How to Add Character to Your Home

One of the things that makes old houses so attractive is the craftsmanship. Architectural details and the quality of work that went into making older homes is what gives old houses that vintage charm. When we bought our 1907 Craftsman, most of the original detail had been removed or destroyed. The only thing original left was some knob and tube wiring, bead board and hardwood flooring upstairs. This is what the upstairs looked like before…scary. 

 

 

 

Normally, I’m an advocate for restoring rather than replacing. However, the hardwood flooring needed lots of patching and had termite damage beyond repair and some genius decided to nail drywall to all the bead board ceilings. For a moment, I considered removing the nails and patching all the holes but ultimately decided that tearing out the bead board was better than getting lead poisoning from scraping and sanding lead paint. 

 

Some of the bead board was still salvageable for reuse, so I requested that we keep it for projects around the house. One day, when checking in on the house progress, we found that the drywall guys had ripped out every bit of bead board and threw it in the DUMPSTER! Desperate to maintain something original, I scaled the side of the dumpster, ready to dive in head first (without any regard to sharp objects) to rescue my precious bead board. To my dismay, it was buried under construction material and everything was soaked from the rainy weather we had that week.

 

After such disappointment, I turned my attention toward adding character that would have been original to a turn of the century Craftsman home. Some people may like mixing and matching styles, I however prefer consistency. I wouldn't do Craftsman style finishes and then use Victorian trim. That's just my opinion. 

 

Here are some of our replicated Craftsman details…

Shaker style cabinets and doors: There are so many door options! Don’t just go with the standard 5 panel door, find something that compliments the style of your home.

Shaker style cabinets and doors: There are so many door options! Don’t just go with the standard 5 panel door, find something that compliments the style of your home.

Trim and Hardware: We used wide square trim around all the doors, windows, and baseboards. Pinterest has lots of great resources to reference different styles of trim. Using dark hardware gives a less modern, more original look. Someone even asked me if all of our doorknobs were original...I wish!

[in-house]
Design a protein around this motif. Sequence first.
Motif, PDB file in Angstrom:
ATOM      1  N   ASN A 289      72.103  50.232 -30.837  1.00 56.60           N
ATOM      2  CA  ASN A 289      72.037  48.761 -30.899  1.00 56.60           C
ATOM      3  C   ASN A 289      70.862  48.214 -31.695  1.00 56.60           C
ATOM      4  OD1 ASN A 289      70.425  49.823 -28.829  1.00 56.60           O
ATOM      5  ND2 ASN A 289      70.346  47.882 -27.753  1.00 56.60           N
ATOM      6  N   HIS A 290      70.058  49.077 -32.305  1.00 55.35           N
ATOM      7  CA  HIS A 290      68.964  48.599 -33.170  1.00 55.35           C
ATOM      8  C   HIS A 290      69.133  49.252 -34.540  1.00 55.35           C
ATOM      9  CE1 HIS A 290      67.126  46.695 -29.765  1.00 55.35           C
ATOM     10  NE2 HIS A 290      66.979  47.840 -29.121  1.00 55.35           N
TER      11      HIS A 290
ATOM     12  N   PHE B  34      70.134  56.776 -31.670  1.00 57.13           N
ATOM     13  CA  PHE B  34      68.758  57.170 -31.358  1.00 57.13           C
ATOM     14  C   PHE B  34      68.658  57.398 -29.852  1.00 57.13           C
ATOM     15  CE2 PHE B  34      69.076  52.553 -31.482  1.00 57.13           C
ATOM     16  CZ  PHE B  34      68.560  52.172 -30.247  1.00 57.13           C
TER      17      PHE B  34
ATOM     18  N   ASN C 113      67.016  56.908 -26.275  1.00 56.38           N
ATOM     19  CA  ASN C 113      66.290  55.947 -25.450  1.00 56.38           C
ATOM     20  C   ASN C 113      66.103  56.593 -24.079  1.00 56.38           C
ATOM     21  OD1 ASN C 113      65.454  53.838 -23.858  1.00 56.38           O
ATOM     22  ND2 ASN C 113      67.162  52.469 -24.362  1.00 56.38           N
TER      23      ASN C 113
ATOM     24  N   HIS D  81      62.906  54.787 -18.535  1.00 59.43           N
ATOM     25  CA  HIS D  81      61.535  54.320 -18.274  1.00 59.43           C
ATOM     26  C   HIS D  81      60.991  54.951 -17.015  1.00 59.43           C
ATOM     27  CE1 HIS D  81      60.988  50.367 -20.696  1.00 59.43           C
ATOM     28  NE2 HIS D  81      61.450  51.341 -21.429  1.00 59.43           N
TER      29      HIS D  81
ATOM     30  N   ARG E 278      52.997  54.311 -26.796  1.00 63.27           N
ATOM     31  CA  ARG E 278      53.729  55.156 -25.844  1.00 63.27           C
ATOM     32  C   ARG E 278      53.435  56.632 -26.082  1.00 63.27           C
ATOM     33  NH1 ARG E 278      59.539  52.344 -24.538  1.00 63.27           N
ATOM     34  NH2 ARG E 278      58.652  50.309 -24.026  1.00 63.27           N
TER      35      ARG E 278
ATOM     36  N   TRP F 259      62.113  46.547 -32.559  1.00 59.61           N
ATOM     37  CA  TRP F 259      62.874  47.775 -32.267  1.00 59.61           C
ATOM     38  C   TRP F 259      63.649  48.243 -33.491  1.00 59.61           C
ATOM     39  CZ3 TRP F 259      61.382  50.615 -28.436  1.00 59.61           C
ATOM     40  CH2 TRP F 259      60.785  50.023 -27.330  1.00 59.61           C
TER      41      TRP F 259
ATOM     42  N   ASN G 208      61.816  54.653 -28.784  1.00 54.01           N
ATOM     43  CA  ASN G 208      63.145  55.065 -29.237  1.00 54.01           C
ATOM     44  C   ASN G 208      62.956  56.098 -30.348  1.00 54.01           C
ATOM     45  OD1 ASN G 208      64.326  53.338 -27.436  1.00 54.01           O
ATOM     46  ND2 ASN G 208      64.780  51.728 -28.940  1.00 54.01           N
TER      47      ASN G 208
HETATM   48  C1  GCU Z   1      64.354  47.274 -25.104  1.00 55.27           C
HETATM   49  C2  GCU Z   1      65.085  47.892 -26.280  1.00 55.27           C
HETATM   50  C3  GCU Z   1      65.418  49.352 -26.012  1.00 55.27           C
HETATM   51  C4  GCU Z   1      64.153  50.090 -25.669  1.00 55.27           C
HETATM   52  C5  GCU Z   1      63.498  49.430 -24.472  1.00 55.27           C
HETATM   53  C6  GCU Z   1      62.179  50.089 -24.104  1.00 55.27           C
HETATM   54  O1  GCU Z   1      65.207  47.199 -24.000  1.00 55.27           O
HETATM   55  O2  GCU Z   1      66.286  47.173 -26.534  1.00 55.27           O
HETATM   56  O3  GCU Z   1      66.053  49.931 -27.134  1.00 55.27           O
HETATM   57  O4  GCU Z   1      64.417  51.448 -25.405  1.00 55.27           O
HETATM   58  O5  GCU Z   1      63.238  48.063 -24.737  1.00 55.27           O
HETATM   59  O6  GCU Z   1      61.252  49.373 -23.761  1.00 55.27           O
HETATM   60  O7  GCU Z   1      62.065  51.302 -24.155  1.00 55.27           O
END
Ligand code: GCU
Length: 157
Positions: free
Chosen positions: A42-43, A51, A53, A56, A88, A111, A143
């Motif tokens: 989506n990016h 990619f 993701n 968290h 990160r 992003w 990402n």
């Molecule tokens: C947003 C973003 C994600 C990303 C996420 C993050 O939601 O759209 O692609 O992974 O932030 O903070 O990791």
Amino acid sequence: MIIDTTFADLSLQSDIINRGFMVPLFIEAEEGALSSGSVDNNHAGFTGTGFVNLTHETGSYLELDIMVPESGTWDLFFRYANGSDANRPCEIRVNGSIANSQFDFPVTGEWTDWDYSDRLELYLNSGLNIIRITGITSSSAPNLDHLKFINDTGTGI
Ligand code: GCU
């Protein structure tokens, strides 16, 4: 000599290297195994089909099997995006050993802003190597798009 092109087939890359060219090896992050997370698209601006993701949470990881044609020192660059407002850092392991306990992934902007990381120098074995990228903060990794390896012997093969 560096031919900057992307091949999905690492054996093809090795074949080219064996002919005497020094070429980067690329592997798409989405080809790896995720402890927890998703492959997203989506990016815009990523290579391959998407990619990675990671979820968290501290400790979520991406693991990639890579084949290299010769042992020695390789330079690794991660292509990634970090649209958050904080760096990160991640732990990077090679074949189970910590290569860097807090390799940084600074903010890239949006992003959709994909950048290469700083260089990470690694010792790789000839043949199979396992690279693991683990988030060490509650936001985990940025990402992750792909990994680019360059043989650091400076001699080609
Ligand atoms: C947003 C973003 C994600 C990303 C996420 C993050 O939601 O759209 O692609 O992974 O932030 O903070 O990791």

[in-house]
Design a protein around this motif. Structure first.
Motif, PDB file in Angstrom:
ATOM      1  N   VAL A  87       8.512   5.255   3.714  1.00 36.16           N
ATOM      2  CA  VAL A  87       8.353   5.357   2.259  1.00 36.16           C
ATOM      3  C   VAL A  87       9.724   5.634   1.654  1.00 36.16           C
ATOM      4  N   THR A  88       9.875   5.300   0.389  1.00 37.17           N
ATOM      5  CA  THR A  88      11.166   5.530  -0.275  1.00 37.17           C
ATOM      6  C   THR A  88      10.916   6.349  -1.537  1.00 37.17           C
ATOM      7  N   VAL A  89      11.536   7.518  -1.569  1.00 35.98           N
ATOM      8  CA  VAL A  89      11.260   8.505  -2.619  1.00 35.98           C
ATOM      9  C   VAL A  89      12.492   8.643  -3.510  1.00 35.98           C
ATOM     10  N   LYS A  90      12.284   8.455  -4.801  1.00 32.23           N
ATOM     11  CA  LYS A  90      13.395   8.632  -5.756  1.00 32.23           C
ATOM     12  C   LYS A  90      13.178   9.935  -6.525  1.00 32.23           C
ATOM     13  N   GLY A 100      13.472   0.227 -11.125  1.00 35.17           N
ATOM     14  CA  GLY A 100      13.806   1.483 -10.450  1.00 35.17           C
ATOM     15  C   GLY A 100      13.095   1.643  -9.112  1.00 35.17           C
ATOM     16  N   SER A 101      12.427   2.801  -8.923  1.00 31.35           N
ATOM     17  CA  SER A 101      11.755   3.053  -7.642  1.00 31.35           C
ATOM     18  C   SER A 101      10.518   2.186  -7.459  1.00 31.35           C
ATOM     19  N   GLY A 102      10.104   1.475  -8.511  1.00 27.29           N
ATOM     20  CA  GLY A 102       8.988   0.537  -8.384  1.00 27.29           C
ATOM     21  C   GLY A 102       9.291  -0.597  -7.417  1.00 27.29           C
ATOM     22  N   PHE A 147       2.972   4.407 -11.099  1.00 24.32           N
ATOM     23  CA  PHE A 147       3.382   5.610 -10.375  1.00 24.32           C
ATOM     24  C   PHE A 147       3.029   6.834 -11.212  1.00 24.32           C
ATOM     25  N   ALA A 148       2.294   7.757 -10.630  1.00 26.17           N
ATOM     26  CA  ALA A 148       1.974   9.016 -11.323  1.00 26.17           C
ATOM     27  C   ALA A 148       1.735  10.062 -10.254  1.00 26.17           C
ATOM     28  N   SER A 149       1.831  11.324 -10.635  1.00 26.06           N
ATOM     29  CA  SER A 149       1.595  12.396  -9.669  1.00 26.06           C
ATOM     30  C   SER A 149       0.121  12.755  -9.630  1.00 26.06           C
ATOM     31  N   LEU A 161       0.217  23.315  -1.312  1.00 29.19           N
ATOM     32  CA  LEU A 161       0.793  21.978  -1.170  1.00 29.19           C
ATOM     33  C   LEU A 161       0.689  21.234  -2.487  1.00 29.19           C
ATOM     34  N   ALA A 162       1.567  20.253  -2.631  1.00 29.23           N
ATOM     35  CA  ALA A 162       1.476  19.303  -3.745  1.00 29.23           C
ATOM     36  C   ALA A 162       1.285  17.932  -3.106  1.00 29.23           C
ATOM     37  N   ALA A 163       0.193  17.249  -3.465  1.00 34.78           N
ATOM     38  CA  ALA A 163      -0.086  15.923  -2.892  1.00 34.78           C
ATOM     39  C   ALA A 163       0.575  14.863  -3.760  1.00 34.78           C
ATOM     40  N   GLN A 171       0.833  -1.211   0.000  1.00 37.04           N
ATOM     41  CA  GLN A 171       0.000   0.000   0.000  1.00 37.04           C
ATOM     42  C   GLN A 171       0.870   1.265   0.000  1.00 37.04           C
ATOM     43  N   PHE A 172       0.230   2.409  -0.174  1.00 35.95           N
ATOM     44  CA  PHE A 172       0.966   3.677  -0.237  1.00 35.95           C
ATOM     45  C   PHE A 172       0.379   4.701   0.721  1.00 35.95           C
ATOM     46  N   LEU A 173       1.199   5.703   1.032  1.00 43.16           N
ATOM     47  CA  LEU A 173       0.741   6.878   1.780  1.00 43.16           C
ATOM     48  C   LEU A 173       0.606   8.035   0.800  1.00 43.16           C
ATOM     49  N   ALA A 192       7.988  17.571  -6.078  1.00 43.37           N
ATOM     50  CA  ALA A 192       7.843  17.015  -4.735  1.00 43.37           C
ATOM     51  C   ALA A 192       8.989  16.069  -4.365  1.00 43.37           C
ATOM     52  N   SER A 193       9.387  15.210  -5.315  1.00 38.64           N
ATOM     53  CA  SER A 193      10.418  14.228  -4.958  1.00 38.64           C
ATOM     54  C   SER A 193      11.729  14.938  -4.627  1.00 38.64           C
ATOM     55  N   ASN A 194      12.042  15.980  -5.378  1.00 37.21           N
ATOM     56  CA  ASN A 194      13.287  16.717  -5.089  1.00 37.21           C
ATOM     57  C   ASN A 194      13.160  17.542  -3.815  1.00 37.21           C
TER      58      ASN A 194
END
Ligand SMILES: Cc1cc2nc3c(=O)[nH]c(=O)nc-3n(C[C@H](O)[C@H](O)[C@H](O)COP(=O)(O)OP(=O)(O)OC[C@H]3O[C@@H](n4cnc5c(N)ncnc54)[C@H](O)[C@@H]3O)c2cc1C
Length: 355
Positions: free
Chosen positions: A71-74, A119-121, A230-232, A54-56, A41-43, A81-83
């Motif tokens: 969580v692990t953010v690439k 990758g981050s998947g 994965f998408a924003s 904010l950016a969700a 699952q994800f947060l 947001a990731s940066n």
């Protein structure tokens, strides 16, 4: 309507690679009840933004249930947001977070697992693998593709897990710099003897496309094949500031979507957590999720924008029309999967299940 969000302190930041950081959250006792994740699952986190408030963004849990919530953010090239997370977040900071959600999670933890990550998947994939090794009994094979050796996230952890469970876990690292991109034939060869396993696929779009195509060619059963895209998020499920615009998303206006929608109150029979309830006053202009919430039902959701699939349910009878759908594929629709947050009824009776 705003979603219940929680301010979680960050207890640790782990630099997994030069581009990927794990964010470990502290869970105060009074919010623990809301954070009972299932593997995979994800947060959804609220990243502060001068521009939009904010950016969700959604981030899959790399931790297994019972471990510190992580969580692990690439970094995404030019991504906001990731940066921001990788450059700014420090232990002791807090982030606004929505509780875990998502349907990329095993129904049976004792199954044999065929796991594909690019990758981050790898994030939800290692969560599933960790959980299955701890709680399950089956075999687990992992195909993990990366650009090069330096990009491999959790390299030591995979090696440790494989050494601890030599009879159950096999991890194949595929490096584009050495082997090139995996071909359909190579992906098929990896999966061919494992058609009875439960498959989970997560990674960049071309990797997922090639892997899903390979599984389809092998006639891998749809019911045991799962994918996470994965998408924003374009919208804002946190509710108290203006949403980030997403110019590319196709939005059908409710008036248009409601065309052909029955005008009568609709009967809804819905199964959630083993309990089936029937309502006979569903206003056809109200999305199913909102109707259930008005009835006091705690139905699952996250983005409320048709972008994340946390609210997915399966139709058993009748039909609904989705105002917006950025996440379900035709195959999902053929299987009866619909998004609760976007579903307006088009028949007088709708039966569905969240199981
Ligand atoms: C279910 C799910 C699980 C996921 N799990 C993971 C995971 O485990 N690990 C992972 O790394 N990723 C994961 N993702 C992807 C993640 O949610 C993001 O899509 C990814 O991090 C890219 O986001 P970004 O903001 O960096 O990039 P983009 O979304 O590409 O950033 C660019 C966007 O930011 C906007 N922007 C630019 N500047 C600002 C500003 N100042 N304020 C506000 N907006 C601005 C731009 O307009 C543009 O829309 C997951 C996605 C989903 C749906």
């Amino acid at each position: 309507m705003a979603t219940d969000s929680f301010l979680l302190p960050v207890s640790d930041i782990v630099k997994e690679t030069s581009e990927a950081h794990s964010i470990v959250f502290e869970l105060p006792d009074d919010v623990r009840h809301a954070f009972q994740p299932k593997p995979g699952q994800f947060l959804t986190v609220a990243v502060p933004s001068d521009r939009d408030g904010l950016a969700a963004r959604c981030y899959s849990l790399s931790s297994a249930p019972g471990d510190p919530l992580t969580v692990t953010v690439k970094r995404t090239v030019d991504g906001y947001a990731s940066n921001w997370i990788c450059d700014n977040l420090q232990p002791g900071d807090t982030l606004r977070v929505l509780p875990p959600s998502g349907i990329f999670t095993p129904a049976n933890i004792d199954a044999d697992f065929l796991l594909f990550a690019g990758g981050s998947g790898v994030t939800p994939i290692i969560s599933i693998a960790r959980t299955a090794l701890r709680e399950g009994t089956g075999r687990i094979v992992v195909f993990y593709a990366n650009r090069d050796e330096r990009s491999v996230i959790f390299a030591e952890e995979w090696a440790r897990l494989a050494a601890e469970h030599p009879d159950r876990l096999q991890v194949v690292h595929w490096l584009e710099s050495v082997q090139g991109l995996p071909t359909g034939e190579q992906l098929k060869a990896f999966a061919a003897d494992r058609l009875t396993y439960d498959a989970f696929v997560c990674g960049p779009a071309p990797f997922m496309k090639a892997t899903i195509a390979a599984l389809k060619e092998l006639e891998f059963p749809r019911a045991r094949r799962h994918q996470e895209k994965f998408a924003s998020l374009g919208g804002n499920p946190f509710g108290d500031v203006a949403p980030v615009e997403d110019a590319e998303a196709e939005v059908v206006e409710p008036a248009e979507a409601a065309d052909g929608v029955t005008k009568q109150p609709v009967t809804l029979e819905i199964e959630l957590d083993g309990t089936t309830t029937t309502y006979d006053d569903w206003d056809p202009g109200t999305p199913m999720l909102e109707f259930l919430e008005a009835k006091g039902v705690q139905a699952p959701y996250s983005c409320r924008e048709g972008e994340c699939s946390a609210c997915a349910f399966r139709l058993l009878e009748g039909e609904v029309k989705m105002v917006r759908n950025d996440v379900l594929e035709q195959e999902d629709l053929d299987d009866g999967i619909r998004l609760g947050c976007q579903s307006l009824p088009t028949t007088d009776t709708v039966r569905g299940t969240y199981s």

Trim and Hardware: We used wide square trim around all the doors, windows, and baseboards. Pinterest has lots of great resources to reference different styles of trim. Using dark hardware gives a less modern, more original look. Someone even asked me if all of our doorknobs were original...I wish!

 
Solid Flooring: Yes, there are lots of really nice laminates today that make it hard to tell the difference, they are durable and they have their place…but they don’t belong in a 100+ year old house. Our floors are actually solid bamboo instead of wood. I’ve learned more than I ever cared to know about wood flooring during this process. I won’t bore you with details this time, I’ll share some of my floor “wisdom” in a later post.  Air Conditioning Vents: Old houses are usually wood frame and sit up off of the ground with a crawl space underneath, so the a/c vents are in the floor. We spent around $200 to upgrade our a/c vents with these and I’m really happy we did!

Solid Flooring: Yes, there are lots of really nice laminates today that make it hard to tell the difference, they are durable and they have their place…but they don’t belong in a 100+ year old house. Our floors are actually solid bamboo instead of wood. I’ve learned more than I ever cared to know about wood flooring during this process. I won’t bore you with details this time, I’ll share some of my floor “wisdom” in a later post.

Air Conditioning Vents: Old houses are usually wood frame and sit up off of the ground with a crawl space underneath, so the a/c vents are in the floor. We spent around $200 to upgrade our a/c vents with these and I’m really happy we did!

Black and white Tile: Black and while tile was popular and widely used throughout the 1920's. So, I decided to do something fun in the powder and laundry room. At first I was unsure about this bold print but now I wish we had more of it! I love how it turned out and we get a lot of compliments on it.

Black and white Tile: Black and while tile was popular and widely used throughout the 1920's. So, I decided to do something fun in the powder and laundry room. At first I was unsure about this bold print but now I wish we had more of it! I love how it turned out and we get a lot of compliments on it.

Subway & Penny Tile: Another common tile trend in the early 1900’s was white subway tile walls and penny tile floors. Which is why we decided to use the classic look in our master and guest bathroom.

Subway & Penny Tile: Another common tile trend in the early 1900’s was white subway tile walls and penny tile floors. Which is why we decided to use the classic look in our master and guest bathroom.

Plumbing Fixtures: Of course no vintage home is complete without a pedestal sink (see our guest bathroom above) and a clawfoot tub (in our master bath).

Plumbing Fixtures: Of course no vintage home is complete without a pedestal sink (see our guest bathroom above) and a clawfoot tub (in our master bath).

If you’re an old house junkie like me, I hope this inspires you to create character wherever you are! 

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